ARUP’s next generation sequencing (NGS) tests are now faster and more precise thanks to the launch of Rio, a new world-class bioinformatics pipeline and analytics platform.
Rio amplifies ARUP’s existing cloud computing capabilities to move data more efficiently and with greater accuracy to speed targeted test results to clinicians for analysis and improved medical decision-making for patients.
“Rio’s flexible, scalable architecture provides a rock-solid foundation on which ARUP’s genomics future will be built,” said NGS Informatics Supervisor Brendan O’Fallon.
The platform became fully operational in 2021 and is living up to its promise. Lab data show that, with Rio, average test workflow times have been reduced from nearly 10 hours to about four.
Rio replaces ARUP’s first cloud computing pipeline, Pipey, which was introduced in 2018. The pipeline supports the work of medical directors and multiple labs, including Genomics and Oncology.
Like its predecessor, Rio was built in-house by a team of bioinformaticians, data engineers, software programmers, and system administrators over a period of about 18 months, said Sarah Broderick, manager of the Biocomputing Department. The Rio system was validated using the most recent recommendations from the College of American Pathologists (CAP).
Both the Rio and Pipey platforms were designed to improve the quality of the NGS pipeline by scaling testing analytics while processing large sample volumes and supporting rapid turnaround times. The latest version of Rio processes samples about two times as fast as Pipey, enabling shorter test turnaround times and lower processing costs. And perhaps more importantly, the Rio architecture makes it easy to incorporate new tools and features into production workflows.
The pipeline is a collection of standardized tasks that transform terabytes of raw data generated by sequencers from extracted specimens into lists of genetic variants and any of the associated annotations for interpretation by medical directors and PhD-level clinical variant scientists.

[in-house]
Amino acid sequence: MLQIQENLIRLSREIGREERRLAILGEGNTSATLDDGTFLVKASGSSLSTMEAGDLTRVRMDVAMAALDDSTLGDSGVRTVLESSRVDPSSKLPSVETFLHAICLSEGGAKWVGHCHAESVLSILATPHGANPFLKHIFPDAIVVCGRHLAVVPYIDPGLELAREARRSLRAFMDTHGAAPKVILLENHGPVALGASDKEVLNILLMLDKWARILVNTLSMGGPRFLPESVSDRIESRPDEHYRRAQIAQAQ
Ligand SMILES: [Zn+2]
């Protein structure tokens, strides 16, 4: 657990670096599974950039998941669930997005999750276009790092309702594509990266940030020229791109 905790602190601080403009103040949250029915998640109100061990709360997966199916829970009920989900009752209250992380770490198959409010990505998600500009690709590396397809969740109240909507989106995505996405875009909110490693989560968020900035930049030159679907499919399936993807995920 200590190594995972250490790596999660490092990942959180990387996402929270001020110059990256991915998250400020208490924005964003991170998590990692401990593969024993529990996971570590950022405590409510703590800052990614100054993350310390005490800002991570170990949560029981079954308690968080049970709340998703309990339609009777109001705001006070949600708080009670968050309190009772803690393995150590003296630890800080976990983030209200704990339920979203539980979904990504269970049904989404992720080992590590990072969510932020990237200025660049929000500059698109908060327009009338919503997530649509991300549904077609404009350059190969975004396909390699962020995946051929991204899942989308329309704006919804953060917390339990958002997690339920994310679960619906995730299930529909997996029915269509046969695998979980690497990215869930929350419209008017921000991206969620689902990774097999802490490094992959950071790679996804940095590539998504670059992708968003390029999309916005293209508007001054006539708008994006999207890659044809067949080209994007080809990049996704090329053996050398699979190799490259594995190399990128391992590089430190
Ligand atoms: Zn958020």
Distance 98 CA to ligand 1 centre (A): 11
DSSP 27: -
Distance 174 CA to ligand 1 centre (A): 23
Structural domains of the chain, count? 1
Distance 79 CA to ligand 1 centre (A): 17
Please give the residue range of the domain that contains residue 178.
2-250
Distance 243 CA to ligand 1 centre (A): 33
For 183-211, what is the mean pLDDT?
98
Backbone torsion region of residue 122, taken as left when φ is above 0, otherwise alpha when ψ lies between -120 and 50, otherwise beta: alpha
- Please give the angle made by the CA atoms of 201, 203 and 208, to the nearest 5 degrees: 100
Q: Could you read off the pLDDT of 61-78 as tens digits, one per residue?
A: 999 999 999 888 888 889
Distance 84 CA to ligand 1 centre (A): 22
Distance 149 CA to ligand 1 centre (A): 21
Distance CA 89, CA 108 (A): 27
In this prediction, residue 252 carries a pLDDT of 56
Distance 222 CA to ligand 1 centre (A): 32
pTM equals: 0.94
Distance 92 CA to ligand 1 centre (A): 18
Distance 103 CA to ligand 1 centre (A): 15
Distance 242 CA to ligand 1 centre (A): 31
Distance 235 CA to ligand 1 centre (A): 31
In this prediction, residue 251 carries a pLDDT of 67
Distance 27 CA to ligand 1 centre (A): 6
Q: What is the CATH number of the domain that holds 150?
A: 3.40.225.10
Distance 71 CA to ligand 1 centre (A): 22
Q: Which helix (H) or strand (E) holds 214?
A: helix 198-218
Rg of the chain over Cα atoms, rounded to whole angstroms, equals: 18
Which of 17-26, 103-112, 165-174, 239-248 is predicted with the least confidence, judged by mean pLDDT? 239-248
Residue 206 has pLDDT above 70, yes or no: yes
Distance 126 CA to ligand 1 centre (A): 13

Moving to cloud computing in 2018 was an important step for ARUP. Tapping into the cloud increased ARUP’s data storage capacity and data management capability exponentially, while enhancing protections for patient information. More importantly, it allowed ARUP to process thousands of specimen samples in the same amount of time it previously took to process just one.
Pipey was pivotal in the transition to the cloud, but it also had its limitations. For example, the Pipey architecture analyzed every gene present in a sample, regardless of whether it was part of the ordered test, which made it much less efficient. Rio’s capabilities make the process faster because it only analyzes the test-specific genes. It’s just one example of how ARUP bioinformaticians have rewritten Pipey’s older, slower tools to increase the speed, in some cases, by a factor of 10 or more, O’Fallon said.
“It’s hard to overstate the importance of speed in this field when even one day can have a significant impact on the outcome for a patient in neonatal intensive care or a patient waiting to start cancer treatment,” said Hunter Best, PhD, scientific director of NGS and Biocomputing. “The updates to our bioinformatics pipeline introduced with Rio provide us with better means to give patients accurate answers in a quicker fashion.”
Jennifer Dobner, email@example.com